Inspiration from NAIDOC week

5 July 2023

In this NAIDOC Week I am taking inspiration from Indigenous Healers and their Healing Practices by unpacking some of the key features from the social and emotional wellbeing practices of First Nations people. Some of these features are familiar to me through a white lens. Others are not. Either way, I am aware that my lens is likely to miss important elements. However, being aware of the need to clarify these may help me to best support First Nations clients.

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This conception of self is grounded within a collectivist perspective that views the self as inseparable from, and embedded within, family and community.

Following on from my recent blog around social responsibility and complacency in National Reconciliation Week, I am continuing to learn and take action to heal the devastation that has been perpetrated against First Nations Peoples in this country for far too long.

What is NAIDOC Week?

As shared by the Department of Foreign Affairs and Trade, NAIDOC stands for National Aboriginal and Islander Day and Observance Committee, and "celebrates the history, culture and achievements of Aboriginal and Torres Strait Islander peoples".

The theme for this year is 'For Our Elders', as explained on the NAIDOC website:

"Across every generation, our Elders have played, and continue to play, an important role and hold a prominent place in our communities and families.

They are cultural knowledge holders, trailblazers, nurturers, advocates, teachers, survivors, leaders, hard workers and our loved ones.

Our loved ones who pick us up in our low moments and celebrate us in our high ones. Who cook us a feed to comfort us and pull us into line, when we need them too.

They guide our generations and pave the way for us to take the paths we can take today. Guidance, not only through generations of advocacy and activism, but in everyday life and how to place ourselves in the world."

For the rest of the statement about this theme, please see here.

As a therapist, I'd like to pay my respects to Elders by exploring some Indigenous Healing Practices.

I am aware that it is important to seek permission and undertake appropriate training to use these practices.

My intention here is to share information that is publicly available.

Honouring Indigenous Healing Practices and healers

The Psychotherapy and Counselling Federation of Australia (PACFA), Australia's peak body for psychotherapy and counselling, have recently established a College of Aboriginal & Torres Strait Islander Healing Practices, to acknowledge and support the development of Indigenous Healing Practices in this country:

"PACFA and CATSIHP acknowledge the ancient, emerging and contemporary wisdom and research into Indigenous Healing Practice and the research, reports and government recommendations for the promotion of Indigenous-led healing practice for Aboriginal and Torres Strait Islander communities and Australian communities as a whole."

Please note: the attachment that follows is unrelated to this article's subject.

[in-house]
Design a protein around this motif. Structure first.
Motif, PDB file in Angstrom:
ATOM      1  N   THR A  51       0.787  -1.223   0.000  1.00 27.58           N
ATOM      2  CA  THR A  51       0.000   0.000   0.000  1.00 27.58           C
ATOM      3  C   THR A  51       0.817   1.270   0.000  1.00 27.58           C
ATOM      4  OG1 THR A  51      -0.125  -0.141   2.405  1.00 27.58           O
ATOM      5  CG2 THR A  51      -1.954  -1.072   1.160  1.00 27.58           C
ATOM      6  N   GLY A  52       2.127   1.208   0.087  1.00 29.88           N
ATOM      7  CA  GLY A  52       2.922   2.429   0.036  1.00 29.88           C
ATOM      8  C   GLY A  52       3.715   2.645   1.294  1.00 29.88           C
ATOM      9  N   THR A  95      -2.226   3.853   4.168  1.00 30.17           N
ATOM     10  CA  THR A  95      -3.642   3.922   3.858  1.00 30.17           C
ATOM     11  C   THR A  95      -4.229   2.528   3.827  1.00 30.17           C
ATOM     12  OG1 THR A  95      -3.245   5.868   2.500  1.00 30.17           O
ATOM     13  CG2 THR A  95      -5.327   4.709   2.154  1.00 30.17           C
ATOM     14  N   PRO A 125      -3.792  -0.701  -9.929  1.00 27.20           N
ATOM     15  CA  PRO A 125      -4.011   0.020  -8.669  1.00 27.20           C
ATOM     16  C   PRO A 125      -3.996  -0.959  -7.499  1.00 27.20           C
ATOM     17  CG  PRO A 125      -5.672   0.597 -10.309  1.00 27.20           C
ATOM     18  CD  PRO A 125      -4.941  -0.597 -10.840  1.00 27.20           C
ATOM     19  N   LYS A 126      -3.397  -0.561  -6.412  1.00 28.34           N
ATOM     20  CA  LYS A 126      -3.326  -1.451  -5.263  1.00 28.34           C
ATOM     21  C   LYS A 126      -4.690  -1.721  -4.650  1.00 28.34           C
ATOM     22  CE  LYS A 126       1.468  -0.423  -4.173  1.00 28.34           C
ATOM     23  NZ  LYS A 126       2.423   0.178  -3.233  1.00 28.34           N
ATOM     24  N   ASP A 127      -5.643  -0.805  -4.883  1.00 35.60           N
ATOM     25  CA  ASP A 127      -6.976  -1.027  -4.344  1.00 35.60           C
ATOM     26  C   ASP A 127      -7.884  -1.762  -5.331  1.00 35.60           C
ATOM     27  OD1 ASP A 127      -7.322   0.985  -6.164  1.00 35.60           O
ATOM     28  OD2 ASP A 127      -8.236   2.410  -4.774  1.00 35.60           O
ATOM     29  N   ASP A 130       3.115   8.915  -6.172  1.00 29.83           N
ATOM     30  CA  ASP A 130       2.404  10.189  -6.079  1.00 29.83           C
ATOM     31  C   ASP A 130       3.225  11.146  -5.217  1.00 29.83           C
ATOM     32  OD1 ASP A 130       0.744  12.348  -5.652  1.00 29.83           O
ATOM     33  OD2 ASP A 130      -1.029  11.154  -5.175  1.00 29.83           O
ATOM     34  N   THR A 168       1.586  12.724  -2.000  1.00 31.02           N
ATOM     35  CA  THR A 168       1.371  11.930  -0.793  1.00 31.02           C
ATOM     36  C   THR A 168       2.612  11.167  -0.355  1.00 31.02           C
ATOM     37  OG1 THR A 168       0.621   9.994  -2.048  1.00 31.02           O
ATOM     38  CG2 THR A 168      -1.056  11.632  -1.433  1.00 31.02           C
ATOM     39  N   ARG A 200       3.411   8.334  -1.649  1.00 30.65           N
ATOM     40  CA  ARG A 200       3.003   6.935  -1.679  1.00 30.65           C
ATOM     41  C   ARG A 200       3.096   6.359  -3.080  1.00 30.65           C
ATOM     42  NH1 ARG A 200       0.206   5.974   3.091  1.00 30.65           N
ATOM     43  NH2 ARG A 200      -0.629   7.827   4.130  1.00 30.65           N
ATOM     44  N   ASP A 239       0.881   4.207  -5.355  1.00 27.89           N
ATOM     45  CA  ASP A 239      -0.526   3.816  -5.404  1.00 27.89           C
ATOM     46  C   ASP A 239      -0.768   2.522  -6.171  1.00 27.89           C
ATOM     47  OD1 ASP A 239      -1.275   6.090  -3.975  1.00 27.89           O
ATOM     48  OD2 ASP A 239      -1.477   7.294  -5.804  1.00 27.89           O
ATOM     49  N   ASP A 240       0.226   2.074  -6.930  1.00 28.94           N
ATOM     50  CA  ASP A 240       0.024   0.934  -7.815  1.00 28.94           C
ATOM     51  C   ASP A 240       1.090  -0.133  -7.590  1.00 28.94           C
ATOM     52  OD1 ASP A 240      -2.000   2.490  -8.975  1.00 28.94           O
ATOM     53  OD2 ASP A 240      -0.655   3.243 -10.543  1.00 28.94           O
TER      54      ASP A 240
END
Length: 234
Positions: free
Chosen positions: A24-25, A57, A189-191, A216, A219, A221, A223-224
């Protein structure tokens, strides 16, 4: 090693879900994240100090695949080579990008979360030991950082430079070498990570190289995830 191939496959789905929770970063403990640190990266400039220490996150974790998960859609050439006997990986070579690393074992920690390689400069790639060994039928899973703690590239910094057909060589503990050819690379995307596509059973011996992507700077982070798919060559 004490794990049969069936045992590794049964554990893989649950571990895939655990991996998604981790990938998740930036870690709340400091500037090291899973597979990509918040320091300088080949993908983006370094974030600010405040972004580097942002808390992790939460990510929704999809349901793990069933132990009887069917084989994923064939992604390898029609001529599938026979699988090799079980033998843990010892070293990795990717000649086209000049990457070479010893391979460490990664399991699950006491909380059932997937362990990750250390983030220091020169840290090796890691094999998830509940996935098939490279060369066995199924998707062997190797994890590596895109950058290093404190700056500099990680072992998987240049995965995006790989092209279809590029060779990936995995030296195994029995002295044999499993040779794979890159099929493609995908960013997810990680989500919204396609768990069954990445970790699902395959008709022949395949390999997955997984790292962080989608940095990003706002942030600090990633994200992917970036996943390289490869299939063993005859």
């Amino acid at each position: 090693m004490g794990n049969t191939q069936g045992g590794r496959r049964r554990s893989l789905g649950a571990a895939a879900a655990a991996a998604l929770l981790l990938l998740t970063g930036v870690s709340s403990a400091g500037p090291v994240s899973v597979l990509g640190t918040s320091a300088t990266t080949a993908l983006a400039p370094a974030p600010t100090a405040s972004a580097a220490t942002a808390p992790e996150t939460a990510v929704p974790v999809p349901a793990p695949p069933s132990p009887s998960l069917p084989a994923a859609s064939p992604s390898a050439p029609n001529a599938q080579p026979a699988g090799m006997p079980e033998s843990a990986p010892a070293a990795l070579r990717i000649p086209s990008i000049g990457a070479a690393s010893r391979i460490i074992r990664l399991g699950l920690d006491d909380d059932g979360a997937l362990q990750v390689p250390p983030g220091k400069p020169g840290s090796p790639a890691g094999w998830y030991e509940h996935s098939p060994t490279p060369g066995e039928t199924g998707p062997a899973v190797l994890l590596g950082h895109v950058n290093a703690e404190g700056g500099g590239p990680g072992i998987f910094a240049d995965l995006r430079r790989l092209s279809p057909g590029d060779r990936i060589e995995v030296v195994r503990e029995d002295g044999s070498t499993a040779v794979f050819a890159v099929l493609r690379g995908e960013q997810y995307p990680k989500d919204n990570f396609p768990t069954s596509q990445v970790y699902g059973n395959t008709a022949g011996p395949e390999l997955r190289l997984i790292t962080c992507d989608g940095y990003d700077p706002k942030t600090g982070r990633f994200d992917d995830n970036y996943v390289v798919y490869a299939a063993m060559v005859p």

As outlined in CATSIHP's Indigenous Healing Practice Training Standards (2021):

'CATSIHP has identified 8 key features of Indigenous Healing Practice (Fig. 1) which are foundational to the formation of PACFA registered Indigenous Healing Practitioners and PACFA accredited Indigenous Healing Practice Training programs'.

Please see these key features depicted below:

Image source: The Indigenous Healing Practice Training Standards (2021)

Some of these features are familiar to me through a white person's lens.

Others are not.

Either way, I am aware that my lens is likely to miss important elements. However, being aware of the need to clarify these may help me to best support Fist Nations clients.

I was lucky enough to hear Ash Dargan, a Larrakia didgeridoo player and educator with a Masters of Indigenous Studies, present a keynote at the Music and Imagery Association of Australia's recent national conference on Indigenous healing processes using music and storytelling to heal transgenerational trauma.

Ash emphasised the importance of cultural awareness and cultural safety.

Amongst other things, Ash shared a version of the approach to social and emotional wellbeing from an Aboriginal and Torres Strait Islanders’ perspective, as seen in the image below (taken from Working Together: Aboriginal and Torres Strait Islander Mental Health and Wellbeing Principles and Practice Gee, Dudgeon, Schultz, Hart & Kelly, 2013).

Taken from Gee, Dudgeon, Schultz, Hart and Kelly, 2013 • Artist: Tristan Schultz, RelativeCreative

Whilst I do not have experience of these cultural practices, they resonate strongly with my values of:

  • connection to self
  • connection to feelings and body
  • connection to community
  • connection to place

As a Registered Music Therapist and Registered Guided Imagery and Music Therapist, the practice of dadirri has always intrigued me.

I'm going to leave you with this reflection from Dr Miriam-Rose Ungunmerr Baumann, 2021 Senior Australian of the year, 'is an Aboriginal Elder, Artist and Educator who is dedicated to creating bright and fulfilling futures for Aboriginal children and youth'.

DADIRRI (Official Miriam-Rose Ungunmerr Video)

Header image: ‘The 2023 National NAIDOC Week Poster incorporating the Aboriginal Flag and the Torres Strait Islander Flag (licensed by the Torres Strait Island Council).’